The Haul Girl subculture created an extensive and hardcore fan base which eagerly catches every new episode of grossly large spending sprees, catapulting some Haul Girls into celebrity status. An average Haul Girl with a fan base of about 50,000 viewers can make a couple of thousand dollars per month. Brands reach out to Haul Girls for product deals and corporate sponsorship, provided their social reach is substantial in the Brand’s target market of choice.

Meet Zoella - Haul Girl and YouTube Star

Perhaps one of the most successful Haul Girls would be Zoe Suggs, whose regularly releases haul videos on her YouTube channel under the alias Zoella to a subscriber base of 8 million. While working for an interior design firm in 2009, she developed the alias and blog “Zoella," and within one year she had captured 1,000 followers.

Suggs produces two vlog releases each week, averaging about 12 minutes in length. The themes are wide-ranging and varied but mostly tend to focus on makeup and fashion. Her ability to project the extraordinary ordinariness as a sensible older sister has managed to grab both huge subscriber bases, and by extension, enormous fees from beauty and fashion brands.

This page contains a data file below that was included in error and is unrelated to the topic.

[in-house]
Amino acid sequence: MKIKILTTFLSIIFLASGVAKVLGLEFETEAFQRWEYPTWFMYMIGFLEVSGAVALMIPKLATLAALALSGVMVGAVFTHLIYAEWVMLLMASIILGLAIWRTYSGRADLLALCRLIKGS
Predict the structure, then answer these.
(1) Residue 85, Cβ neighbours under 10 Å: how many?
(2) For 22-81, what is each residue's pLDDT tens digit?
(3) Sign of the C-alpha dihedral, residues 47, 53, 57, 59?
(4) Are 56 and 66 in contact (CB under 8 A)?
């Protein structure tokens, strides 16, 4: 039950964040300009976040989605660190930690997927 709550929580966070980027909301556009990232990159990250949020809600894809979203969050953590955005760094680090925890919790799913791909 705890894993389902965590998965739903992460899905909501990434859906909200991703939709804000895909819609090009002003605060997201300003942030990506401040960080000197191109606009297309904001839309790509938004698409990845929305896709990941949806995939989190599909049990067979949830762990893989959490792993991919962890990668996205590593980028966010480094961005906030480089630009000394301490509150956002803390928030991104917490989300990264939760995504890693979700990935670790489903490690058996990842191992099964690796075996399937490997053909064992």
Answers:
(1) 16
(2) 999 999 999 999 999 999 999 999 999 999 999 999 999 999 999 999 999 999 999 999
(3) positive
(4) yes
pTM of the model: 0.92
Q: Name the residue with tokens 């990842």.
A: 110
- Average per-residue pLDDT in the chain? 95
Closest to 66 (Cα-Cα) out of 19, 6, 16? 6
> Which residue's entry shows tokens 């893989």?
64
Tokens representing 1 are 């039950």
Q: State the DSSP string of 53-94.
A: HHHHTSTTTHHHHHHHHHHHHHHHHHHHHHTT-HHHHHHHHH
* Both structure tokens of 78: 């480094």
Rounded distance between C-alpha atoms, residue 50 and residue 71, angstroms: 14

Zoella, the brand, has allowed Suggs to launch a bath and beauty brand (Zoella Beauty), appear on some television shows, and even garnered enough interest for Suggs to receive a two-book deal from Penguin Books in 2014.

Hauling has proven lucrative to Zoella.

Meet Elle and Blair Fowler – Haul Girls and Youtube Stars

These two sisters from Tennessee began posting haul videos on YouTube in 2008, and have since had their videos viewed more than 100 million times. They managed to parlay this success into greater things such as writing makeup articles for Seventeen magazine ad have even been nominated twice for the Web Star category of the Teen Choice Awards.

The sisters have launched a makeup line called Skylark, and in 2012 a shoe and handbag line was developed and released for the online fashion retailer JustFab.

Rich Kids of Instagram

"They have more money than you, and this is what they do."

There are haul videos, and there are Haul Videos. The apex of the temple of consumerism would be the Rich Kids of Instagram. It’s both revered and pilloried for the gratuitous displays of excess: yachts, planes champagne, caviar and all things to excess. Of course, a Tumblr account does not say excess quite the same way a professionally produced YouTube series does – and yes they have that as well.